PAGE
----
PG&E Snafu Stalls School Solar Program

PG&E deals a blow to solar in a small Redwood Country town | Photo: Scott Schrantz/Flickr/Creative Commons License

The handwriting's on the wall: The future of California power generation is rooftops. Large investor-owned utilities face the prospect of rewriting their business plans to reflect that fact. It's pretty much inevitable that they'll be leaving the power generation business and becoming power brokers, selling each of us power generated in our neighborhoods by our neighbors. But change comes slow to big companies, and a Mendocino County school district is paying the price -- literally.

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According to reporter Jennifer Poole at The Willits News, an acre of solar panels installed by the Willits Unified School District at four locations earlier this year have been sitting idle due to bureaucratic mixups at Pacific Gas & Electric (PG&E). The utility's Net Energy Metering office approved the six installations, but then PG&E's newly formed Generation and Interconnection Services (GIS) group revoked the approval.

The school district serves 1,900 K-12 students from Willits, a city of about 4,500 people in central Mendocino County, as well as from surrounding areas.

District officials say PG&E's GIS office has been less than forthcoming with information that might help the project hook up to the grid, at one point telling Josh Margarison, foreman of the district's solar contractor Fort Bragg Electric, that the office was too busy to get back to him. Fort Bragg Electric has installed school solar systems elsewhere in Mendocino County.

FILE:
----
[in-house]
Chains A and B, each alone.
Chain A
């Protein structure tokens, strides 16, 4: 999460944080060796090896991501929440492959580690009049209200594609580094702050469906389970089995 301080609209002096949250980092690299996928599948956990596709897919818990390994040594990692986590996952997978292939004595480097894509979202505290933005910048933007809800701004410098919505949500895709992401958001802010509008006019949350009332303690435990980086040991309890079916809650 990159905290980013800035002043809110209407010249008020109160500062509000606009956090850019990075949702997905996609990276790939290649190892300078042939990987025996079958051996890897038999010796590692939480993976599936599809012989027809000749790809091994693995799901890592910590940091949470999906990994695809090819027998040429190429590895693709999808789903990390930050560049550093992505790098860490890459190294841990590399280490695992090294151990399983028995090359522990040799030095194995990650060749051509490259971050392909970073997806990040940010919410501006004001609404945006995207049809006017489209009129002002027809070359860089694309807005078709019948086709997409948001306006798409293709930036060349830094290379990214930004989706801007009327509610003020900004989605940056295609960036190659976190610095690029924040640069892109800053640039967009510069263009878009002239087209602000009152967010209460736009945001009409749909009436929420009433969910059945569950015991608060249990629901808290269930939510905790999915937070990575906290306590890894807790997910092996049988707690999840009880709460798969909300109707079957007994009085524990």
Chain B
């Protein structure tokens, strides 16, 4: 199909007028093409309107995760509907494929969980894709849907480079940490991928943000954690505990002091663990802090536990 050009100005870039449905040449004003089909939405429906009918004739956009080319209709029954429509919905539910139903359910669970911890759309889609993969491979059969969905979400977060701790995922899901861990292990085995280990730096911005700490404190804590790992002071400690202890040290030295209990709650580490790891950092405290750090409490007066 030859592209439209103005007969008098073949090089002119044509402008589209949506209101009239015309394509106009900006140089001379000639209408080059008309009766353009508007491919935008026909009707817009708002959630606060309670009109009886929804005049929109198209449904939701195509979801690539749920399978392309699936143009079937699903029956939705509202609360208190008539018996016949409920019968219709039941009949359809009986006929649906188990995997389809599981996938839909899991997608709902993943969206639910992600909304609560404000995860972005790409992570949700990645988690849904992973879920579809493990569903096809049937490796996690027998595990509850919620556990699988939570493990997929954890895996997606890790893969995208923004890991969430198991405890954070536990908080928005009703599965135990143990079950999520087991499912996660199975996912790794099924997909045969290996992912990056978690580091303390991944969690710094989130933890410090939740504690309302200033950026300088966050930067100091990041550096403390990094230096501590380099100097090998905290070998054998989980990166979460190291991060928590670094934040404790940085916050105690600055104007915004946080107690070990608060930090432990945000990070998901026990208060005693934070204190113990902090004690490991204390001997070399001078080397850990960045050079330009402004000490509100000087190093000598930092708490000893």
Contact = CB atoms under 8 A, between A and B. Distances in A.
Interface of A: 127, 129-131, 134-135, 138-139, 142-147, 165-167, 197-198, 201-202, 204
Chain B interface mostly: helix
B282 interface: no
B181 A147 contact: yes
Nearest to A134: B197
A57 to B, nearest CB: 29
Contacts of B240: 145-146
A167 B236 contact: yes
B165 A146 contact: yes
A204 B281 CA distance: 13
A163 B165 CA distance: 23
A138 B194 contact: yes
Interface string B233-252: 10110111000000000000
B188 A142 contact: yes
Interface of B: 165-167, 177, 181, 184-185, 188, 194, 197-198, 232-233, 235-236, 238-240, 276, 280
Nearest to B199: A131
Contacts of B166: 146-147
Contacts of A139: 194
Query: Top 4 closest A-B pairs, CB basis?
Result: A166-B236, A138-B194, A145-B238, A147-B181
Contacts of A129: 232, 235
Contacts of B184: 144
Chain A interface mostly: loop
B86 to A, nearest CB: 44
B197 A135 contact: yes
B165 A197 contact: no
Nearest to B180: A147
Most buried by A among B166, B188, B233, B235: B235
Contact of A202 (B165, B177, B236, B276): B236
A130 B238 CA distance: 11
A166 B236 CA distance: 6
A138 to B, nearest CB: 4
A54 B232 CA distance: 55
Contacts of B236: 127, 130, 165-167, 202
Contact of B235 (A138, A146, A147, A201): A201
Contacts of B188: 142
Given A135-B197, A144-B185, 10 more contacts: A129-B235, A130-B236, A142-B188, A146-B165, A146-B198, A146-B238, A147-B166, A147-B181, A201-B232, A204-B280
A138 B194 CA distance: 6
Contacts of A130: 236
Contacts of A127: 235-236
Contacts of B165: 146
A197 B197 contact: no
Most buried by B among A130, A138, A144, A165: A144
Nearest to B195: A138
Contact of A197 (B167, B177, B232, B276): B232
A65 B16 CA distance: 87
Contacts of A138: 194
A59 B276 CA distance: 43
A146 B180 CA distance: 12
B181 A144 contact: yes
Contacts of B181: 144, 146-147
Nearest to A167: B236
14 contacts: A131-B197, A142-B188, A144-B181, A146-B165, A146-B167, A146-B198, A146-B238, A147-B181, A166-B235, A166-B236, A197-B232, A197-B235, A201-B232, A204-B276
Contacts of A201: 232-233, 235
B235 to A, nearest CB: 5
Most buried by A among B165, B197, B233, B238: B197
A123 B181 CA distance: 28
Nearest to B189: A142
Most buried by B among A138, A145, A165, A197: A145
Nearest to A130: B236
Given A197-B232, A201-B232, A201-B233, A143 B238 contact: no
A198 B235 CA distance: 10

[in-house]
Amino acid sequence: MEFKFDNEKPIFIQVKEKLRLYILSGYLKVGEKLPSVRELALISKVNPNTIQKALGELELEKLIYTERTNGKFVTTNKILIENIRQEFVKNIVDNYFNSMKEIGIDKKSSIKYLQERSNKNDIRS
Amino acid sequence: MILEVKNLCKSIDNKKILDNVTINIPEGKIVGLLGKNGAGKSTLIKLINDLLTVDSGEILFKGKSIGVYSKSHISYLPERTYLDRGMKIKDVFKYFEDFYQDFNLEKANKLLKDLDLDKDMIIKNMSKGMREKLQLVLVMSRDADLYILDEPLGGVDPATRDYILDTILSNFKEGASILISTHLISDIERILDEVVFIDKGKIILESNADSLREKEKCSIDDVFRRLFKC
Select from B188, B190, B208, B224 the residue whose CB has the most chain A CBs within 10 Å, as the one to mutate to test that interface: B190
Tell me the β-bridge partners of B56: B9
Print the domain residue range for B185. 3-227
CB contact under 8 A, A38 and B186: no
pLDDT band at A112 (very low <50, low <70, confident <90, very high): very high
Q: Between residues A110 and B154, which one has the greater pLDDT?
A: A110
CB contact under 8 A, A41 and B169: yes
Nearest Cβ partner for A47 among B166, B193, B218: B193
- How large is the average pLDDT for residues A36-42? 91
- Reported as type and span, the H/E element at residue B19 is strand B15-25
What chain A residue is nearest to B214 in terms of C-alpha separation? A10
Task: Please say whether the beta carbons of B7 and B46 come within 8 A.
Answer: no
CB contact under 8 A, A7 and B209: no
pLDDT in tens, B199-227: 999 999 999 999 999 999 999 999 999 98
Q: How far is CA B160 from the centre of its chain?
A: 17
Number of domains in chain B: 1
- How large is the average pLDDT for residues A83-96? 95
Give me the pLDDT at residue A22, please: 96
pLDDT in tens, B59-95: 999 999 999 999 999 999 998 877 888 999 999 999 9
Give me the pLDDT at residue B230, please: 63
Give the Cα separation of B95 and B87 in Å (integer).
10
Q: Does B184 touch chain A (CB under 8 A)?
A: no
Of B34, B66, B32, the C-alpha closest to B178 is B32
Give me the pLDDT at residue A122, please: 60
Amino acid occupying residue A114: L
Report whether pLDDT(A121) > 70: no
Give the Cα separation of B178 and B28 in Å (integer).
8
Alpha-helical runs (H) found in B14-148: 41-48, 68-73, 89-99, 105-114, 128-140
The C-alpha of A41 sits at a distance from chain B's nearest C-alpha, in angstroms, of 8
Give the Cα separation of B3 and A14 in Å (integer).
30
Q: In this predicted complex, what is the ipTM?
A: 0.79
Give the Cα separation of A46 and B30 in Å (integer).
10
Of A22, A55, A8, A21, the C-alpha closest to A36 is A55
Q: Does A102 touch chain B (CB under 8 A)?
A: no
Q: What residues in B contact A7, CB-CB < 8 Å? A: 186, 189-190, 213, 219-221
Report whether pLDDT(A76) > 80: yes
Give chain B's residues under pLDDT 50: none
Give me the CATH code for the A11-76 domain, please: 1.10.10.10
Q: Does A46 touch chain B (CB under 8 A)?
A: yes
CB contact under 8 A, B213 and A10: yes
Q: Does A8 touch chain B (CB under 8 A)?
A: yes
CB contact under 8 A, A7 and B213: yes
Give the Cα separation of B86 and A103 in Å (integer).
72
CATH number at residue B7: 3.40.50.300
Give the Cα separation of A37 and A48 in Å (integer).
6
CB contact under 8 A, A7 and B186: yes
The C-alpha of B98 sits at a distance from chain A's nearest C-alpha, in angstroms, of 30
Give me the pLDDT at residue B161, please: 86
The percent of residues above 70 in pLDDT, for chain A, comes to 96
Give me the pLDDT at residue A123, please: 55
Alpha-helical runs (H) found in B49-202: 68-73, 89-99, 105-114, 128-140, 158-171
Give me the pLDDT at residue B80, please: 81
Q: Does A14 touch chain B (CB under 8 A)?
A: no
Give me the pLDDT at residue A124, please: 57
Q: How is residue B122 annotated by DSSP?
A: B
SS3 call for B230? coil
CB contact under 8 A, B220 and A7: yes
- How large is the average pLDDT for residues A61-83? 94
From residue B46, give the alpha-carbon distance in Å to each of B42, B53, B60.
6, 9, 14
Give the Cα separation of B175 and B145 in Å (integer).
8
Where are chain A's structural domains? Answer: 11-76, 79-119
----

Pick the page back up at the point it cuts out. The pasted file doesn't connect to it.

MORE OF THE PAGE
Margarison told a meeting of the Willits Unified School Board that the GIS office had asked for some equipment upgrades, which his company provided. The GIS office also asked for additional documentation of the system in a new format, which Margarison's firm provided. "That's when it got real quiet at PG&E," Margarison told the board.

According to the Willits Unified board, the school is losing $13,600 a month in energy savings and net metering sales for each month the panels remain unhooked from the grid. The board had allocated some of those projected savings toward long-deferred maintenance at a number of school facilities. Willits Unified will be filing a complaint against PG&E with the California Public Utilities Commission over the delay in tying the solar panels into the grid.

If PG&E's having this much trouble getting an acre's worth of PV panels hooked up to its grid, it's hard to imagine that a smaller commercial or household array wouldn't wait much longer in the queue. Whether delays like this are a result of utility obstructionism or bureaucratic inertia, they stand in the way of California's distributed renewable energy future.

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About the Author

Chris Clarke is a natural history writer and environmental journalist currently at work on a book about the Joshua tree. He lives in Joshua Tree.
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